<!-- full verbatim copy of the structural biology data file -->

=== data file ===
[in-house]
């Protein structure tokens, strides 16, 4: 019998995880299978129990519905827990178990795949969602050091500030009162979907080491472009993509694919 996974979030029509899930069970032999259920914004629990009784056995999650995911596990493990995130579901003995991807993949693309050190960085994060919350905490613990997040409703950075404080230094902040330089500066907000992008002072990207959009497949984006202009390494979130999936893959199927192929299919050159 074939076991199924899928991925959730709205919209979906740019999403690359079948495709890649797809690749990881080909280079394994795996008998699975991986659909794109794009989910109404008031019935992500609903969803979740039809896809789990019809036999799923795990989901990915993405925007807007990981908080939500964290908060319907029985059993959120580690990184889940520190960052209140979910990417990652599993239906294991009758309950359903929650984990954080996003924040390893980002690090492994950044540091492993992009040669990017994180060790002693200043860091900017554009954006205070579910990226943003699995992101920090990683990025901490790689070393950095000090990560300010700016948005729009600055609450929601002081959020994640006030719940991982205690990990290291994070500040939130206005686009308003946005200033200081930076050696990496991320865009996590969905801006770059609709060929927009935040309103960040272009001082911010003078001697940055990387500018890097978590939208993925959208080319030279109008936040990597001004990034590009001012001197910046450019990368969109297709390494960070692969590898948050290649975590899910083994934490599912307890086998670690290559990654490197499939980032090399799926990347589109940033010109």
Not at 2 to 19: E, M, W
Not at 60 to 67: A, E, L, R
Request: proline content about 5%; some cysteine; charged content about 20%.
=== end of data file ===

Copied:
[in-house]
């Protein structure tokens, strides 16, 4: 019998995880299978129990519905827990178990795949969602050091500030009162979907080491472009993509694919 996974979030029509899930069970032999259920914004629990009784056995999650995911596990493990995130579901003995991807993949693309050190960085994060919350905490613990997040409703950075404080230094902040330089500066907000992008002072990207959009497949984006202009390494979130999936893959199927192929299919050159 074939076991199924899928991925959730709205919209979906740019999403690359079948495709890649797809690749990881080909280079394994795996008998699975991986659909794109794009989910109404008031019935992500609903969803979740039809896809789990019809036999799923795990989901990915993405925007807007990981908080939500964290908060319907029985059993959120580690990184889940520190960052209140979910990417990652599993239906294991009758309950359903929650984990954080996003924040390893980002690090492994950044540091492993992009040669990017994180060790002693200043860091900017554009954006205070579910990226943003699995992101920090990683990025901490790689070393950095000090990560300010700016948005729009600055609450929601002081959020994640006030719940991982205690990990290291994070500040939130206005686009308003946005200033200081930076050696990496991320865009996590969905801006770059609709060929927009935040309103960040272009001082911010003078001697940055990387500018890097978590939208993925959208080319030279109008936040990597001004990034590009001012001197910046450019990368969109297709390494960070692969590898948050290649975590899910083994934490599912307890086998670690290559990654490197499939980032090399799926990347589109940033010109």
Not at 2 to 19: E, M, W
Not at 60 to 67: A, E, L, R
Request: proline content about 5%; some cysteine; charged content about 20%.